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Info of Muscle Building for Rugby Players

Having the biggest muscles on the pitch is not going to make you, by itself, a better player. However, having bigger stronger muscles than you currently have, especially if you have developed the correct muscles can significantly improve your “on pitch” performance.

For rugby you need to work on your main muscle groups with a view to developing explosive power. Doing set after set with light to moderate weights will do little to improve your performance levels, but doing intense exercises that target your legs, back, shoulders etc., if done correctly will produce amazing results. These intense exercises do not necessarily need to be based solely on lifting weights. The key is “resistance” high intensity resistance. This can be achieved in a number of ways ranging from dragging tyres across a field, to running while carrying your team mates, to weighted dips, press ups and chin ups. The possibilities are endless but the key to tangible muscle growth in them all is intensity and DO NOT over train. Over training can be as bad for muscle growth as not training at all. Let your body fully recover after training before training the next time if you really want to maximise your muscle growth.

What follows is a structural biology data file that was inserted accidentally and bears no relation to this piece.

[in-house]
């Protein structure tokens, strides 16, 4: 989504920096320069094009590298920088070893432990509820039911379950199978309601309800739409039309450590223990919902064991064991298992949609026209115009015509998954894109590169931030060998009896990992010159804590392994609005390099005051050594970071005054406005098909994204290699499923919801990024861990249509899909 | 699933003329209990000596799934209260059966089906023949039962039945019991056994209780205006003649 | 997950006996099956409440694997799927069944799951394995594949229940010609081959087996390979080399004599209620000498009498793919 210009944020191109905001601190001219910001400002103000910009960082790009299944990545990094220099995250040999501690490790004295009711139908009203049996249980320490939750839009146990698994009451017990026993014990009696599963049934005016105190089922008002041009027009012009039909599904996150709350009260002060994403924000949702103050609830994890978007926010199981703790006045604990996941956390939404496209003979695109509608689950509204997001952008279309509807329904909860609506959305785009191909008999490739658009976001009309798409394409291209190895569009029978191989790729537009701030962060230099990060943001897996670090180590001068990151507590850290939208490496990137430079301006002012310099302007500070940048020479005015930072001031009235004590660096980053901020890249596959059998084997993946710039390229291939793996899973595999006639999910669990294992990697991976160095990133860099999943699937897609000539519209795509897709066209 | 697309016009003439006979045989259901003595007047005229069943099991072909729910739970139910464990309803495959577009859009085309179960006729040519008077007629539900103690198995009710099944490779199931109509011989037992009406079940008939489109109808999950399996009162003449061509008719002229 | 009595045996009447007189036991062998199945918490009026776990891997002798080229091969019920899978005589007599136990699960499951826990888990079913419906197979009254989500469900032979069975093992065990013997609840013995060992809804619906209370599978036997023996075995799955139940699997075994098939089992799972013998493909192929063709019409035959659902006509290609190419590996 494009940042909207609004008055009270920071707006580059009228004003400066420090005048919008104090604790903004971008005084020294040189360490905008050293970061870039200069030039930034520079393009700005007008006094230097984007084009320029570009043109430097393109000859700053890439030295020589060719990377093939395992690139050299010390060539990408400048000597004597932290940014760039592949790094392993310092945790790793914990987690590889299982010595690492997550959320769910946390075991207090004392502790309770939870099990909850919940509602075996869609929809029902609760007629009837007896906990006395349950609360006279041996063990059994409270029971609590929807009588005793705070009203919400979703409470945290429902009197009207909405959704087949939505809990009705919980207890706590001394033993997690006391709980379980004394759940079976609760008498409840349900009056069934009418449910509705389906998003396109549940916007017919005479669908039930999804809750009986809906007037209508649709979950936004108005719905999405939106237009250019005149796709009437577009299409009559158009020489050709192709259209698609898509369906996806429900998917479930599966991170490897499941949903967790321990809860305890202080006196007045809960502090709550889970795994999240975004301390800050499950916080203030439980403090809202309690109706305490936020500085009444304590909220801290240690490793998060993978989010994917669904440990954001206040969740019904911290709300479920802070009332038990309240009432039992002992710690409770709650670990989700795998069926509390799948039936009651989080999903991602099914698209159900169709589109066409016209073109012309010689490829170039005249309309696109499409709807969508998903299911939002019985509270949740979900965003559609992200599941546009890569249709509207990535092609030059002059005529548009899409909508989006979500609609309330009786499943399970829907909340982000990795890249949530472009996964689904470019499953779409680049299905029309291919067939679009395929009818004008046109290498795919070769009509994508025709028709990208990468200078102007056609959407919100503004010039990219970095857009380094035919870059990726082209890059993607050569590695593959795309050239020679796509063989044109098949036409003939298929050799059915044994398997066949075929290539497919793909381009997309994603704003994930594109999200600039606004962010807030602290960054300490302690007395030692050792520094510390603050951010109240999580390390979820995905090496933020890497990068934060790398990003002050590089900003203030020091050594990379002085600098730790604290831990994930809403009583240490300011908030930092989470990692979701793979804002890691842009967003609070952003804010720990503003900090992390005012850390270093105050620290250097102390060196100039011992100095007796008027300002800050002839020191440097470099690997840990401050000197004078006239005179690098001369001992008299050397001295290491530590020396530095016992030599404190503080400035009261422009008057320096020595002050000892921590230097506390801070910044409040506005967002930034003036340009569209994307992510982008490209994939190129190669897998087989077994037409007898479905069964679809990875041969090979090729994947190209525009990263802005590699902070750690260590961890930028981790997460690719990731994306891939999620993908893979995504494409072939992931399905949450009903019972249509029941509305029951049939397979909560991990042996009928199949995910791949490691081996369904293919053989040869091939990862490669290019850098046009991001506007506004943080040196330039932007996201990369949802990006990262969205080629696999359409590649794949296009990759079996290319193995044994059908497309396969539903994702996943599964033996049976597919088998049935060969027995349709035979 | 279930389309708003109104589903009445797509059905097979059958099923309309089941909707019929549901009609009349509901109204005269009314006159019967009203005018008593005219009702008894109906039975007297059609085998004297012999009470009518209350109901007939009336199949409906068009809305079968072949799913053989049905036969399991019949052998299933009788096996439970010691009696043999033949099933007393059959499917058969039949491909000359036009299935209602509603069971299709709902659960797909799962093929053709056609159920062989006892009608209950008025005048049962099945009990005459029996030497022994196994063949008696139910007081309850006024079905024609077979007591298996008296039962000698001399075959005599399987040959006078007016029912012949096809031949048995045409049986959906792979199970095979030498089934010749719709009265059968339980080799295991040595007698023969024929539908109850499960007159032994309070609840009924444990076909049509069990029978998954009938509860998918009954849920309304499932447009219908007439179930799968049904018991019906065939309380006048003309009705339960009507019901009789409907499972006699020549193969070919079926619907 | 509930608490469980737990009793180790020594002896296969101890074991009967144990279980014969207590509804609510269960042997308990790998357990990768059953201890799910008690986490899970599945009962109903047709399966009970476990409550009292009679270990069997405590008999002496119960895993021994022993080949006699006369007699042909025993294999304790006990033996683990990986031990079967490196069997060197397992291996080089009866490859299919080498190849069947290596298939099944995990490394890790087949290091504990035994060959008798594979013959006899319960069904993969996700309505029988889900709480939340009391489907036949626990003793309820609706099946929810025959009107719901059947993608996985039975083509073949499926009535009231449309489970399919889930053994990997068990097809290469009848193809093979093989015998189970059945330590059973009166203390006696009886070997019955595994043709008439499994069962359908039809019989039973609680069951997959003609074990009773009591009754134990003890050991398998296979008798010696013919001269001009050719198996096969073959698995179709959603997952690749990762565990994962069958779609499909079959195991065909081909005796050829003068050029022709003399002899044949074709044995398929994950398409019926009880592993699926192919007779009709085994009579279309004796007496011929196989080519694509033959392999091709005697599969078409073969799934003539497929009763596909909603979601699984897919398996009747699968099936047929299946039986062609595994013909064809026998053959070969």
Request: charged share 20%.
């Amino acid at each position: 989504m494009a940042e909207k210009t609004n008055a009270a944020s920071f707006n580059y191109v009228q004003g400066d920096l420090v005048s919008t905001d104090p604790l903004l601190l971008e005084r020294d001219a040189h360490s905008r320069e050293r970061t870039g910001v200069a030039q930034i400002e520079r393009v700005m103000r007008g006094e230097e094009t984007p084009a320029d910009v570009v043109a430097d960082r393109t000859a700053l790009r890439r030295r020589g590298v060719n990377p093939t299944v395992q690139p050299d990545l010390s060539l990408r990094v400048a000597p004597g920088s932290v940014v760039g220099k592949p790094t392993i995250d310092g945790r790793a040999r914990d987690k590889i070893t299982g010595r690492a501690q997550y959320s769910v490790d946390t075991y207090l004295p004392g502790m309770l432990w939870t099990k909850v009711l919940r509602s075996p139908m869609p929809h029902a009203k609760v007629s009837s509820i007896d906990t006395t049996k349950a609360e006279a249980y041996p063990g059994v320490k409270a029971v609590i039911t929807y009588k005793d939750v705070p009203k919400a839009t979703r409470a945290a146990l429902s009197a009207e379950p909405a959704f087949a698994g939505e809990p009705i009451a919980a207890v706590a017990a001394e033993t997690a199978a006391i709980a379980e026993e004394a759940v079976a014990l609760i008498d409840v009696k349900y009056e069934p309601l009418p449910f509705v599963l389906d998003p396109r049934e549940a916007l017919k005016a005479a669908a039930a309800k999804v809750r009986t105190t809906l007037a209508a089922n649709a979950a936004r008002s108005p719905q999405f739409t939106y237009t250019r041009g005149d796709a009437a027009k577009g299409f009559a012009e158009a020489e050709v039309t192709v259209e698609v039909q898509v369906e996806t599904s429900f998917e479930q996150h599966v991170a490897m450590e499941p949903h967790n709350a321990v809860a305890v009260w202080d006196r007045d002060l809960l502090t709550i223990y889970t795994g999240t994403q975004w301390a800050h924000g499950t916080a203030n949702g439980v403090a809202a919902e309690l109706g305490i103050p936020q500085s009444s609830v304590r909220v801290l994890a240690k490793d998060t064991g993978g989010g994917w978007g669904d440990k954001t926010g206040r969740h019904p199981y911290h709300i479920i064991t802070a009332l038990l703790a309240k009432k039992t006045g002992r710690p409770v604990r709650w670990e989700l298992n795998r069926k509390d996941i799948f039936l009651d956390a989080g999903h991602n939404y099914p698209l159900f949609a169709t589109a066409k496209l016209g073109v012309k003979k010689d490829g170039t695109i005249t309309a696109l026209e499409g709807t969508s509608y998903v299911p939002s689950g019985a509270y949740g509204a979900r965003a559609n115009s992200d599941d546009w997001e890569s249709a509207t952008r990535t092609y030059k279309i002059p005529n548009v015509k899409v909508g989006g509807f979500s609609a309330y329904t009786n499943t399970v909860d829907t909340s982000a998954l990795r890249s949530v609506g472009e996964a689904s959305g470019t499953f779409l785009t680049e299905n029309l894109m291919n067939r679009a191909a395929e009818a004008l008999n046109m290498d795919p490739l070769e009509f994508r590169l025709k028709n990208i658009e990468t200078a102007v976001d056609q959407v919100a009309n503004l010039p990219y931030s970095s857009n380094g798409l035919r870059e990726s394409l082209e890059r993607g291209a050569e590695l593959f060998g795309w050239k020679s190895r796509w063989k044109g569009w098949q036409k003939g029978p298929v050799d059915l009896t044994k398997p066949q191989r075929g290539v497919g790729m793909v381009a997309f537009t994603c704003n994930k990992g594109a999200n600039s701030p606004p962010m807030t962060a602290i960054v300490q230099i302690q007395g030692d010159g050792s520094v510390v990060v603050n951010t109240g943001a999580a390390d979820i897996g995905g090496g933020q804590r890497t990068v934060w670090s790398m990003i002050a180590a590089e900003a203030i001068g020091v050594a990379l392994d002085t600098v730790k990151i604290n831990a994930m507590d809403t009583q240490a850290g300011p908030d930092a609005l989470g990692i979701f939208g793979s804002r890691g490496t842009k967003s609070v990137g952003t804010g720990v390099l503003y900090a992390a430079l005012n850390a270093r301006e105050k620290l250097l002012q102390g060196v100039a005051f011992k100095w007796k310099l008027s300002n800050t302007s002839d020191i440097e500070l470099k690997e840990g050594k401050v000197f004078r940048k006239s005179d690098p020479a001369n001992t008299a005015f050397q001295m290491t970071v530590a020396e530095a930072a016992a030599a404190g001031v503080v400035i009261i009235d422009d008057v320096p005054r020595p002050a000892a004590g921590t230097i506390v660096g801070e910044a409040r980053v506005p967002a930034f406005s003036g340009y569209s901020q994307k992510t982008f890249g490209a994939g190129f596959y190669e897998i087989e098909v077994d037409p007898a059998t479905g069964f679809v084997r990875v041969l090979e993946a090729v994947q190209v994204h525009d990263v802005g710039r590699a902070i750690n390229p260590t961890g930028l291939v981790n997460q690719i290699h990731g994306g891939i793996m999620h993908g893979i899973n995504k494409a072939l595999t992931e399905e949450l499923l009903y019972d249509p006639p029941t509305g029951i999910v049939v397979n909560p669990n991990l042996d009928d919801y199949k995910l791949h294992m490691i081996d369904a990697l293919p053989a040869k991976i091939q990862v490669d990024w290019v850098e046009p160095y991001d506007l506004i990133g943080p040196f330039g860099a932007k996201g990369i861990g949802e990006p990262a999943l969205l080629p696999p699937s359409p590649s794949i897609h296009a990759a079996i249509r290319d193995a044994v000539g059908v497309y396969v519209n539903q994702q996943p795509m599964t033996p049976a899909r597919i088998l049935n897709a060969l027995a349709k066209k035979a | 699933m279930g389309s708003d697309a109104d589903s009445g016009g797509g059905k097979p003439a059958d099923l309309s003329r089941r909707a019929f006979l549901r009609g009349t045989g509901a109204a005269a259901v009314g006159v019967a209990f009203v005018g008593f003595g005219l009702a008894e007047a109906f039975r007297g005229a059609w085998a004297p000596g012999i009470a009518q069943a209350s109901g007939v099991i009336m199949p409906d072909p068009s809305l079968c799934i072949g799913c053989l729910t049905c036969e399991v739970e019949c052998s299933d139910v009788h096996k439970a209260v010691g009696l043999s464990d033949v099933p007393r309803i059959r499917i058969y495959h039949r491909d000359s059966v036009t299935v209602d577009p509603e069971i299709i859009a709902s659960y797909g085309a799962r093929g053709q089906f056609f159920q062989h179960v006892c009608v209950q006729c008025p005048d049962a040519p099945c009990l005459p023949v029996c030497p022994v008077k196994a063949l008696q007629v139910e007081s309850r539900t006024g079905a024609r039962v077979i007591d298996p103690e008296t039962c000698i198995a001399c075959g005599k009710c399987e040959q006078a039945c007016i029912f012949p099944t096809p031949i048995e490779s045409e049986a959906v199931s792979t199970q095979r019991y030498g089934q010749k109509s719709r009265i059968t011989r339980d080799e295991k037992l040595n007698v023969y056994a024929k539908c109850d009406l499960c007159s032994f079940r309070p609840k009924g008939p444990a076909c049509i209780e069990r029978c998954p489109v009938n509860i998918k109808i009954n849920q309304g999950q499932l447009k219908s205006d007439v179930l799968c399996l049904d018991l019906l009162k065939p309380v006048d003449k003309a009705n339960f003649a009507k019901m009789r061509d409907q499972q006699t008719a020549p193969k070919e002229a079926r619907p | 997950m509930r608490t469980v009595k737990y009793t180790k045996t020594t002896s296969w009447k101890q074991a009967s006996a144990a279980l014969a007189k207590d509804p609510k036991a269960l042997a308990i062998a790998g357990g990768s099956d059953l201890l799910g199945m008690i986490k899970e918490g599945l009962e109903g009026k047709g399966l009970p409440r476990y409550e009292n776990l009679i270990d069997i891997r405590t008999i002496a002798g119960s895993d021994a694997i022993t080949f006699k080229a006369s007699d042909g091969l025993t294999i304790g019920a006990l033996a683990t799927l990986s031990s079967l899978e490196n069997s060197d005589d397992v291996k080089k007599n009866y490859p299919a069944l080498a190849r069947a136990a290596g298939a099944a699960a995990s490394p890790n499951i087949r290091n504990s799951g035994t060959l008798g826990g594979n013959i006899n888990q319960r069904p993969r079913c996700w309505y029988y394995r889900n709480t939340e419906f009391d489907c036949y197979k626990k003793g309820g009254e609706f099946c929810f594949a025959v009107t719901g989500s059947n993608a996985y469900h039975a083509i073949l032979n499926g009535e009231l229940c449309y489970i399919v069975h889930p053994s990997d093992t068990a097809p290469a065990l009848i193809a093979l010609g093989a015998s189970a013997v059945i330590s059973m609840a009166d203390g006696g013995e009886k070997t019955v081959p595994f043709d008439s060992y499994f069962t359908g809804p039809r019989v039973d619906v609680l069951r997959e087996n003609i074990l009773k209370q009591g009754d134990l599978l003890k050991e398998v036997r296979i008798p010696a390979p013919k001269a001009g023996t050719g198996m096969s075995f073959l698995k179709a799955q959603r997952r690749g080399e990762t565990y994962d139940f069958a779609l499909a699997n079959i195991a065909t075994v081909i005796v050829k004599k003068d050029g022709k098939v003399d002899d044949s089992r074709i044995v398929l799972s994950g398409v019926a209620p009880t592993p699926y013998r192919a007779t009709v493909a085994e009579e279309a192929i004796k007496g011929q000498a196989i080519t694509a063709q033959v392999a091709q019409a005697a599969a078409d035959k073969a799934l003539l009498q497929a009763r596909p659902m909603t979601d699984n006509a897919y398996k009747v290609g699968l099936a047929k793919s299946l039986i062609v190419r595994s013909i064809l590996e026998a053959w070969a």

The key to all Rugby Training, as with training for any sport is that the training should improve your performance when in real match conditions. For every sport there will be people who excel at training sessions yet cannot put the training into practice in a match. In rugby you will often see people who are very skilled at mastering complex training passing movements, but when match time arrives they cannot adapt what they have learned onto the pitch.

The nature of the game of rugby means that you have short bursts of very high intensity followed by periods of lower intensity. This being the case, it would seem logical that High Intensity Interval Training was the basis of any training protocol, both for fitness and of course muscle building.

The Tabata method of High Intensity Interval Training has been used successfully for years for fitness. It involves a 20 second burst of maximum intensity followed by a 10 second recovery phase – repeated for seven times. Done correctly this can have the most amazing results. For rugby training this exercise protocol should be adapted to core exercises such as the Squat, Front Squat, Deadlift, Dips etc etc.